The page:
November 28, 2021
The ISBN code (from the English International Standard Book Number, "international reference number of the book") is a numerical sequence of 13 digits used internationally for the classification of books (the encoding prior to 2007 is still used, consisting of a number of digits equal to 10, where the last digit may possibly contain the capital letter X). It is defined by an ISO standard, derived from the English SBN encoding of 1967. Although not mandatory, its use has now become essential for the introduction of the book product in the channels of large-scale distribution. Each ISBN code uniquely identifies each specific edition of a book (but not the simple reprints, which keep the same code as the edition to which they refer) and, once assigned, it can no longer be reused.
There are also analogous numerical codes for the classification of periodical publications such as newspapers or magazines (the ISSN) and for musical scores (the ISMN).
In 1965 Smith's, the largest English chain of large-scale distribution specializing in books and newspapers, announced that it wanted to switch to computerized management of its warehouses and warehouses within a couple of years and, in order to create an adequate cataloging system, commissioned the study to Professor Gordon Foster. In fact, the 9-digit Standard Book Numbering (SBN) encoding was developed in 1966 in agreement with other book sellers and implemented in 1967.
The ISO (International Organization for Standardization) then convened a commission to discuss the possibility of extending this method to international use, a possibility already contemplated and hoped for in Foster's study (including the passage from 9 to 10 digits). The first meeting was held in London in 1968 with representatives from Denmark, France, Germany, Ireland, the Netherlands, Norway, the United Kingdom, the USA and an observer from UNESCO. Other countries contributed with written suggestions and declarations of interest. A report of the meeting was distributed to all ISO members and the various observations were discussed at subsequent meetings in Berlin and Stockholm in 1969, until the 10-digit ISBN was approved as standard in 1970 with ISO 2108. Since 1 January 2007, 3 digits (978 or 979) have been added in front of the "old" ISBN, thus bringing the digits that make up the ISBN from 10 to 13; the algorithm that generates the control character has changed, so the last digit does not generally coincide in the two versions.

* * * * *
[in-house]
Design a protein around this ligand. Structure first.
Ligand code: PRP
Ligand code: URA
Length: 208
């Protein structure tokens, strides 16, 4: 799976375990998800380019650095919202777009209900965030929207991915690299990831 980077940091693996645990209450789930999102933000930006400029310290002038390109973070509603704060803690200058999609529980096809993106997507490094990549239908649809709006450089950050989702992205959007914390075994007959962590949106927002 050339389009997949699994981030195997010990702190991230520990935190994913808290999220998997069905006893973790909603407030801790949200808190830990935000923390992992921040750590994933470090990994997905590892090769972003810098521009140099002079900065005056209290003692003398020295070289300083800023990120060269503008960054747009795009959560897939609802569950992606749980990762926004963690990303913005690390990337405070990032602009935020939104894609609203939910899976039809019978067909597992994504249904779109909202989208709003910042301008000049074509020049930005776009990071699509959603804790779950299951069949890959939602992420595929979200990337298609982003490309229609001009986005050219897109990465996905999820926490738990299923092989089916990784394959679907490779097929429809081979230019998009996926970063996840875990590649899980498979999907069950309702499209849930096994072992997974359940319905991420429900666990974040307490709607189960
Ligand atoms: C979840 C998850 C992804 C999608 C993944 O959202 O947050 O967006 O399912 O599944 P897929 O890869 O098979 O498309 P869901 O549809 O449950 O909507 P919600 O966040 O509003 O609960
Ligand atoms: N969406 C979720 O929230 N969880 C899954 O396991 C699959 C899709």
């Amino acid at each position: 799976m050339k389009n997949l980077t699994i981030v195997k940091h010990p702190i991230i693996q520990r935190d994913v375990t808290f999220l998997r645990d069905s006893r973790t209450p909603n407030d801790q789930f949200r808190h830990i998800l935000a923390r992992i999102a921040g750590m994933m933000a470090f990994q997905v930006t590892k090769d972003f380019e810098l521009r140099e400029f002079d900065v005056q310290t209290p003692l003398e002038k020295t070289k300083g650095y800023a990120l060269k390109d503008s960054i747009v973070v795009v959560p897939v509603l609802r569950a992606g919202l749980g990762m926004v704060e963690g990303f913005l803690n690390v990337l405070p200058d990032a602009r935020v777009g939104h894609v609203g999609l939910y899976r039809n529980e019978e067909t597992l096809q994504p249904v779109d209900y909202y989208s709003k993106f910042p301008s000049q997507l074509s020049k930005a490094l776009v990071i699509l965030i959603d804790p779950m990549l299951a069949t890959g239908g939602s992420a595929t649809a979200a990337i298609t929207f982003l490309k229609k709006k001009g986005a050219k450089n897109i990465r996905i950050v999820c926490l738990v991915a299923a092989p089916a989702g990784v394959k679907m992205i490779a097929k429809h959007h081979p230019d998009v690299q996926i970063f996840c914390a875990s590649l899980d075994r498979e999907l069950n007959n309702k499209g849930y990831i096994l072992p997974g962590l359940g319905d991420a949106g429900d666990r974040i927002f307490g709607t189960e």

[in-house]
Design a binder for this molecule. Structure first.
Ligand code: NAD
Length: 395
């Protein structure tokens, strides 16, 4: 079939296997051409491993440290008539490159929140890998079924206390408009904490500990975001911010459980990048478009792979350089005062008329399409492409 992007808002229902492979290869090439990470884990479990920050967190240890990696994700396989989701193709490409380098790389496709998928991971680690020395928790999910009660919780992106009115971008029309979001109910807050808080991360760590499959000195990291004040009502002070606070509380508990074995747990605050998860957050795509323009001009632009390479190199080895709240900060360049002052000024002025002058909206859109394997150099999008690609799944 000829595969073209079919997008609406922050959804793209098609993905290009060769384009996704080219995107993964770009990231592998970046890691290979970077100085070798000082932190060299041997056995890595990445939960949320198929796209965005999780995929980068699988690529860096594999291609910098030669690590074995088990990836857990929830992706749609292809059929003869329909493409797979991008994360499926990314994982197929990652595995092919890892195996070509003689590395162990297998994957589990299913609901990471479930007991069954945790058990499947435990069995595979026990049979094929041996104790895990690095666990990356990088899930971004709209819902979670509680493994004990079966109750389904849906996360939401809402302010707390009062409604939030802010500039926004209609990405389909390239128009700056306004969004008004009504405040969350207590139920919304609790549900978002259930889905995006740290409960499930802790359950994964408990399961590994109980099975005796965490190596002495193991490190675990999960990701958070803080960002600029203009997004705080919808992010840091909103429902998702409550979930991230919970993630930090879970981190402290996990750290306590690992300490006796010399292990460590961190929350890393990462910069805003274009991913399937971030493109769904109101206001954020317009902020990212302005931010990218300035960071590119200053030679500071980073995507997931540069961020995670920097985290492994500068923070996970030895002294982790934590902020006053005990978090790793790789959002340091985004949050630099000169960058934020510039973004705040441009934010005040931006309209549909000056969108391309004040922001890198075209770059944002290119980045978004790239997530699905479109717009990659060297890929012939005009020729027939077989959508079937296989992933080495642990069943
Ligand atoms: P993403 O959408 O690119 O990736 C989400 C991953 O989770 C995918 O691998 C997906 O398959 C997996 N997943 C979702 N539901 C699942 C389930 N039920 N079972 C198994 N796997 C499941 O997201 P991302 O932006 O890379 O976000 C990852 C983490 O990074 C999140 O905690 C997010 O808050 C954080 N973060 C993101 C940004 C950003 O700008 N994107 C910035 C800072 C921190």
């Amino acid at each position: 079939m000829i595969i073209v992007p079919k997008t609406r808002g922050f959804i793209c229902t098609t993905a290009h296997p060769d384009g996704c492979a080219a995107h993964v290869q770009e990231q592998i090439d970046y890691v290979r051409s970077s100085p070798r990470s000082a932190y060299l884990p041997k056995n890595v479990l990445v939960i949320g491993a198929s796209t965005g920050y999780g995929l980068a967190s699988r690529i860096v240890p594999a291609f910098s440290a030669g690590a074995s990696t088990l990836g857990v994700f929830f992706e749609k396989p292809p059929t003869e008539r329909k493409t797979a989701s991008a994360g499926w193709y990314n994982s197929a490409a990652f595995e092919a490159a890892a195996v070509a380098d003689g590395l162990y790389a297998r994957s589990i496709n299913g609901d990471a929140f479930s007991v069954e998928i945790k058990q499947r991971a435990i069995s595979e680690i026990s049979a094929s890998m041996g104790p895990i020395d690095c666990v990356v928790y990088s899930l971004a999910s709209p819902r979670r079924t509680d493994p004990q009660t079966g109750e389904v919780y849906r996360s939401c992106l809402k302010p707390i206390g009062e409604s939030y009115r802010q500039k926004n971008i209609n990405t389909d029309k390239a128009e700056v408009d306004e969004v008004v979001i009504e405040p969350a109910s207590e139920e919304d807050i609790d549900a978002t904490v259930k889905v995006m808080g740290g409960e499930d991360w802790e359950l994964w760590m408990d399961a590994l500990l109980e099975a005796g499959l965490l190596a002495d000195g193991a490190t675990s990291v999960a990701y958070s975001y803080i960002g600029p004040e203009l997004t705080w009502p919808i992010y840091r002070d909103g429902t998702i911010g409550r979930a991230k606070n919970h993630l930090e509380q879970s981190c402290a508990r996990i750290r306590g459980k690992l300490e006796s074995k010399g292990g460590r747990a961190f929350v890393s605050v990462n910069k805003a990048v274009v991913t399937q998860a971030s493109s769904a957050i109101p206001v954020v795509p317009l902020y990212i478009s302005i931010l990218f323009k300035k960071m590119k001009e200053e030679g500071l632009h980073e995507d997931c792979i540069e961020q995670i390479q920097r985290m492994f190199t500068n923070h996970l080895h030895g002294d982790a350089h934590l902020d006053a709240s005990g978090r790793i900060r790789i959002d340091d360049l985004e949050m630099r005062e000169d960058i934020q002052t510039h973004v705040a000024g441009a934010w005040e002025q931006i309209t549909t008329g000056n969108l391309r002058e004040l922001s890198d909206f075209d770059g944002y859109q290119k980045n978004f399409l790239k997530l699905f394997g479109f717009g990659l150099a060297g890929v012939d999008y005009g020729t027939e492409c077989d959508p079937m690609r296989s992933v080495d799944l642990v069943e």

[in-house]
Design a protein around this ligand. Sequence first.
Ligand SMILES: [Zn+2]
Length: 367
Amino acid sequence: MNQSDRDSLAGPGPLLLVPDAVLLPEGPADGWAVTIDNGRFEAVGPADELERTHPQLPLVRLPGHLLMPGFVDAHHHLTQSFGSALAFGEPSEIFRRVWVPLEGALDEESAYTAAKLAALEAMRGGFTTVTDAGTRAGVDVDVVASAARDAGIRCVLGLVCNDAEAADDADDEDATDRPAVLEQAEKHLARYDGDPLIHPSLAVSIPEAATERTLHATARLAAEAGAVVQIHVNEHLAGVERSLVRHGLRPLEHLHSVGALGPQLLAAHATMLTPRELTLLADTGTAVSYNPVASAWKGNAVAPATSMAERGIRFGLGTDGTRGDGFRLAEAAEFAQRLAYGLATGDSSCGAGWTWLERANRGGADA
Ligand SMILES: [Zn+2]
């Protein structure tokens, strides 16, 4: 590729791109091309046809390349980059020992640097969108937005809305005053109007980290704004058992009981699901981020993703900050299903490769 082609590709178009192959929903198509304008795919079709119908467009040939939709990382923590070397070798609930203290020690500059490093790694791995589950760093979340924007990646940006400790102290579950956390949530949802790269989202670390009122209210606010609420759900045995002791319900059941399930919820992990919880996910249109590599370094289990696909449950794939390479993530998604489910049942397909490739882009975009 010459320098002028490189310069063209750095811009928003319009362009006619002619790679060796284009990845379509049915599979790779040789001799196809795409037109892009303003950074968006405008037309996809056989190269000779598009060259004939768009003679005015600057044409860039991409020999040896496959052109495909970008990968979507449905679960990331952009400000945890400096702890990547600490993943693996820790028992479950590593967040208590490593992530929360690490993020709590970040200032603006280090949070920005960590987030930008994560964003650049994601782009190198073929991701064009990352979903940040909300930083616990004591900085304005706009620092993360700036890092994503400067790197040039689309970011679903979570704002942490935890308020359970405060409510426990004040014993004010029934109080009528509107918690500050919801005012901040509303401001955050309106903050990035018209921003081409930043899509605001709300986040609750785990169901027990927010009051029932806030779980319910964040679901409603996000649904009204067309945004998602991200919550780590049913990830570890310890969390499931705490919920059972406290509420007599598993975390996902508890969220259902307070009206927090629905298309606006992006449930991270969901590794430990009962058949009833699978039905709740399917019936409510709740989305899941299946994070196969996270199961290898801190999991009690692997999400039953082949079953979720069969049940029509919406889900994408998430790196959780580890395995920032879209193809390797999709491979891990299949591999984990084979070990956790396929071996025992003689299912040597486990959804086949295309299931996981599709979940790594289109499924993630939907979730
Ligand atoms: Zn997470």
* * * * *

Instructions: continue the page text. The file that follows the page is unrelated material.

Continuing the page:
The code is normally represented by the OCR-B font.
The current ISBN code consists of a 13-digit string, divided into 5 sectors. Generally, but not always, the various sectors of the ISBN are separated from each other by a hyphen (this is the recommended method) or by a space.
EAN prefix - are the first three digits of the ISBN code, introduced starting from 2007; indicate that you are in the presence of a book.
Language group - is the identifier of the publisher's country or linguistic area; can use 1 to 5 digits.
Publisher - is the identifier of the publishing house or publishing brand; can use 2 to 7 digits.
Title - is the identifier of the book; can use 1 to 6 digits.
Control character - it is the last digit of the ISBN code (in the "old" ISBN-10 codes, in addition to the numbers from 0 to 9, the Roman 10, that is the "X", was also used) and is used to verify that the code has not been misread or transcribed (which can always happen, especially when using automated tools such as barcode scanners). Only the first and last sectors have a fixed number of digits (3 and 1 respectively), while for the other three central sectors the number of digits varies in a complementary way. The three central sectors, taken as a whole, therefore have the remaining nine figures at their disposal; that is